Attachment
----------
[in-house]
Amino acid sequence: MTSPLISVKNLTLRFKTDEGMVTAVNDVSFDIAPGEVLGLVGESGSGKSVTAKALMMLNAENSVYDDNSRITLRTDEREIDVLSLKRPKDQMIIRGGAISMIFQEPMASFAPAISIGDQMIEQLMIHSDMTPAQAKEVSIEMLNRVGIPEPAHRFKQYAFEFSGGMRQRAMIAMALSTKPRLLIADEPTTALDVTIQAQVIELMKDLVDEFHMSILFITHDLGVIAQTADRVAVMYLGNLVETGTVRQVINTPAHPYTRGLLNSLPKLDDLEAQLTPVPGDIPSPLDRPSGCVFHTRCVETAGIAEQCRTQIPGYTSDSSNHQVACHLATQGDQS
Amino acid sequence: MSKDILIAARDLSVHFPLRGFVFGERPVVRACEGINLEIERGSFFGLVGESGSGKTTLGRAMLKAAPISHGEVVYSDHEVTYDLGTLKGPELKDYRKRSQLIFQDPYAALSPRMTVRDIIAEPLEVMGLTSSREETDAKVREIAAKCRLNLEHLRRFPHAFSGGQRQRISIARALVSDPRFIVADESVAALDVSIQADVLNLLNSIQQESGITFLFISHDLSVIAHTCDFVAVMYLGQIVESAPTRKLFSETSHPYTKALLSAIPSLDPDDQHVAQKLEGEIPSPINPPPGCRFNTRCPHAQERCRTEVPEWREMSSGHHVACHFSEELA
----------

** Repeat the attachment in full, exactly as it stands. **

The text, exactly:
[in-house]
Amino acid sequence: MTSPLISVKNLTLRFKTDEGMVTAVNDVSFDIAPGEVLGLVGESGSGKSVTAKALMMLNAENSVYDDNSRITLRTDEREIDVLSLKRPKDQMIIRGGAISMIFQEPMASFAPAISIGDQMIEQLMIHSDMTPAQAKEVSIEMLNRVGIPEPAHRFKQYAFEFSGGMRQRAMIAMALSTKPRLLIADEPTTALDVTIQAQVIELMKDLVDEFHMSILFITHDLGVIAQTADRVAVMYLGNLVETGTVRQVINTPAHPYTRGLLNSLPKLDDLEAQLTPVPGDIPSPLDRPSGCVFHTRCVETAGIAEQCRTQIPGYTSDSSNHQVACHLATQGDQS
Amino acid sequence: MSKDILIAARDLSVHFPLRGFVFGERPVVRACEGINLEIERGSFFGLVGESGSGKTTLGRAMLKAAPISHGEVVYSDHEVTYDLGTLKGPELKDYRKRSQLIFQDPYAALSPRMTVRDIIAEPLEVMGLTSSREETDAKVREIAAKCRLNLEHLRRFPHAFSGGQRQRISIARALVSDPRFIVADESVAALDVSIQADVLNLLNSIQQESGITFLFISHDLSVIAHTCDFVAVMYLGQIVESAPTRKLFSETSHPYTKALLSAIPSLDPDDQHVAQKLEGEIPSPINPPPGCRFNTRCPHAQERCRTEVPEWREMSSGHHVACHFSEELA